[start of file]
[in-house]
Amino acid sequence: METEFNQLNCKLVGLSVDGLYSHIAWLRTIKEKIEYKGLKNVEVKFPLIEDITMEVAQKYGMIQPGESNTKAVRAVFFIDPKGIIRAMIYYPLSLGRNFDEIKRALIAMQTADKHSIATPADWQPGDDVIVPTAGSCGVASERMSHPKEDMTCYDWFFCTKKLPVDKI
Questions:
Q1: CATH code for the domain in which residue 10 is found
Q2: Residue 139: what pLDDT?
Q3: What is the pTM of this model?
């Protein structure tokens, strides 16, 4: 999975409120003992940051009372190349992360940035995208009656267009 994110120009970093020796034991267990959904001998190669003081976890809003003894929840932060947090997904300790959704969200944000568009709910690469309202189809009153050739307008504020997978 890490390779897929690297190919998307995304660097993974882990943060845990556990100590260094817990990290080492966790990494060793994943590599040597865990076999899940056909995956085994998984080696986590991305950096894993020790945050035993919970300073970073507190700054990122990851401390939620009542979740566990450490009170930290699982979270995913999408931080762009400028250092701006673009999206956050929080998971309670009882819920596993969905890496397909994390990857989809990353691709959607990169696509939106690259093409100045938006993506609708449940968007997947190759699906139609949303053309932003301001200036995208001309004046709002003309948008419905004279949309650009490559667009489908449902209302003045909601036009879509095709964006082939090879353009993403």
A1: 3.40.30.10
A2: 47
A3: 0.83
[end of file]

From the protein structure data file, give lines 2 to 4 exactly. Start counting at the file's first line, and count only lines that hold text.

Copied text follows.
Amino acid sequence: METEFNQLNCKLVGLSVDGLYSHIAWLRTIKEKIEYKGLKNVEVKFPLIEDITMEVAQKYGMIQPGESNTKAVRAVFFIDPKGIIRAMIYYPLSLGRNFDEIKRALIAMQTADKHSIATPADWQPGDDVIVPTAGSCGVASERMSHPKEDMTCYDWFFCTKKLPVDKI
Questions:
Q1: CATH code for the domain in which residue 10 is found